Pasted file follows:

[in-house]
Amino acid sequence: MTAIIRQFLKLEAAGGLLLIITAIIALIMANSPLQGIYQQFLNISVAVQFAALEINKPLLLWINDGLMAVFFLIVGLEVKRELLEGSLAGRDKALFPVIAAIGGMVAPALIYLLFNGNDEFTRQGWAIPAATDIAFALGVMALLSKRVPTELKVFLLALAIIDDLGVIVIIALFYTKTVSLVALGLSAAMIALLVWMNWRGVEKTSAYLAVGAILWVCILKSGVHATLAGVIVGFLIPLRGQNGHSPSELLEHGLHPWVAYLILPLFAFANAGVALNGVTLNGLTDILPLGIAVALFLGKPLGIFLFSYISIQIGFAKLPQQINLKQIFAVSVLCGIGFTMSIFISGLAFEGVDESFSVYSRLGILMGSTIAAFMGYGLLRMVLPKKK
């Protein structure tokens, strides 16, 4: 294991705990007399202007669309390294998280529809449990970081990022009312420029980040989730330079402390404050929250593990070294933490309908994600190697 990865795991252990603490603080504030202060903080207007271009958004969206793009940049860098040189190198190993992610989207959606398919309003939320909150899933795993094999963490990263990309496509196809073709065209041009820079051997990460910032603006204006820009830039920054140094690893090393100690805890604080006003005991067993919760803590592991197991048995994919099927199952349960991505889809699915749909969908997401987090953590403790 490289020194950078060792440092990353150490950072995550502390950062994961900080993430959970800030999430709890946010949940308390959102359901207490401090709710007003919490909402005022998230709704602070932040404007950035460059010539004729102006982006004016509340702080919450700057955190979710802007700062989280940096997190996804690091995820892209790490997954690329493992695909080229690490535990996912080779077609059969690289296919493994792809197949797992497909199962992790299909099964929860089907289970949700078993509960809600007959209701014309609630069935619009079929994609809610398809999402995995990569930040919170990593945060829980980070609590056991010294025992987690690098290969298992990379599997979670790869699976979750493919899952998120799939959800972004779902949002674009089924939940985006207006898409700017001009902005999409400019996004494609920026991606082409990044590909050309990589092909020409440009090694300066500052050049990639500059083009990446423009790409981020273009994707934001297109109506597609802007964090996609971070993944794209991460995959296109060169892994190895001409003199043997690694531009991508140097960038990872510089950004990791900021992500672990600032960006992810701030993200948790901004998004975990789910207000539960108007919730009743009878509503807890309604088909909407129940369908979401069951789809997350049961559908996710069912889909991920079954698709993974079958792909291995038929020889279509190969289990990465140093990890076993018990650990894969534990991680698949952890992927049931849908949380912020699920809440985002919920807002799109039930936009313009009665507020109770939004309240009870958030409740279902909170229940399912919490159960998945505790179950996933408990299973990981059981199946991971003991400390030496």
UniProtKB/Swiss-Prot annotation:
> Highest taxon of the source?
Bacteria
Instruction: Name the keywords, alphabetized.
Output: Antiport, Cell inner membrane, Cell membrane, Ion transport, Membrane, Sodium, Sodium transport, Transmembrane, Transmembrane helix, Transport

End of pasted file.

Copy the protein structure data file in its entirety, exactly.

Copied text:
[in-house]
Amino acid sequence: MTAIIRQFLKLEAAGGLLLIITAIIALIMANSPLQGIYQQFLNISVAVQFAALEINKPLLLWINDGLMAVFFLIVGLEVKRELLEGSLAGRDKALFPVIAAIGGMVAPALIYLLFNGNDEFTRQGWAIPAATDIAFALGVMALLSKRVPTELKVFLLALAIIDDLGVIVIIALFYTKTVSLVALGLSAAMIALLVWMNWRGVEKTSAYLAVGAILWVCILKSGVHATLAGVIVGFLIPLRGQNGHSPSELLEHGLHPWVAYLILPLFAFANAGVALNGVTLNGLTDILPLGIAVALFLGKPLGIFLFSYISIQIGFAKLPQQINLKQIFAVSVLCGIGFTMSIFISGLAFEGVDESFSVYSRLGILMGSTIAAFMGYGLLRMVLPKKK
């Protein structure tokens, strides 16, 4: 294991705990007399202007669309390294998280529809449990970081990022009312420029980040989730330079402390404050929250593990070294933490309908994600190697 990865795991252990603490603080504030202060903080207007271009958004969206793009940049860098040189190198190993992610989207959606398919309003939320909150899933795993094999963490990263990309496509196809073709065209041009820079051997990460910032603006204006820009830039920054140094690893090393100690805890604080006003005991067993919760803590592991197991048995994919099927199952349960991505889809699915749909969908997401987090953590403790 490289020194950078060792440092990353150490950072995550502390950062994961900080993430959970800030999430709890946010949940308390959102359901207490401090709710007003919490909402005022998230709704602070932040404007950035460059010539004729102006982006004016509340702080919450700057955190979710802007700062989280940096997190996804690091995820892209790490997954690329493992695909080229690490535990996912080779077609059969690289296919493994792809197949797992497909199962992790299909099964929860089907289970949700078993509960809600007959209701014309609630069935619009079929994609809610398809999402995995990569930040919170990593945060829980980070609590056991010294025992987690690098290969298992990379599997979670790869699976979750493919899952998120799939959800972004779902949002674009089924939940985006207006898409700017001009902005999409400019996004494609920026991606082409990044590909050309990589092909020409440009090694300066500052050049990639500059083009990446423009790409981020273009994707934001297109109506597609802007964090996609971070993944794209991460995959296109060169892994190895001409003199043997690694531009991508140097960038990872510089950004990791900021992500672990600032960006992810701030993200948790901004998004975990789910207000539960108007919730009743009878509503807890309604088909909407129940369908979401069951789809997350049961559908996710069912889909991920079954698709993974079958792909291995038929020889279509190969289990990465140093990890076993018990650990894969534990991680698949952890992927049931849908949380912020699920809440985002919920807002799109039930936009313009009665507020109770939004309240009870958030409740279902909170229940399912919490159960998945505790179950996933408990299973990981059981199946991971003991400390030496």
UniProtKB/Swiss-Prot annotation:
> Highest taxon of the source?
Bacteria
Instruction: Name the keywords, alphabetized.
Output: Antiport, Cell inner membrane, Cell membrane, Ion transport, Membrane, Sodium, Sodium transport, Transmembrane, Transmembrane helix, Transport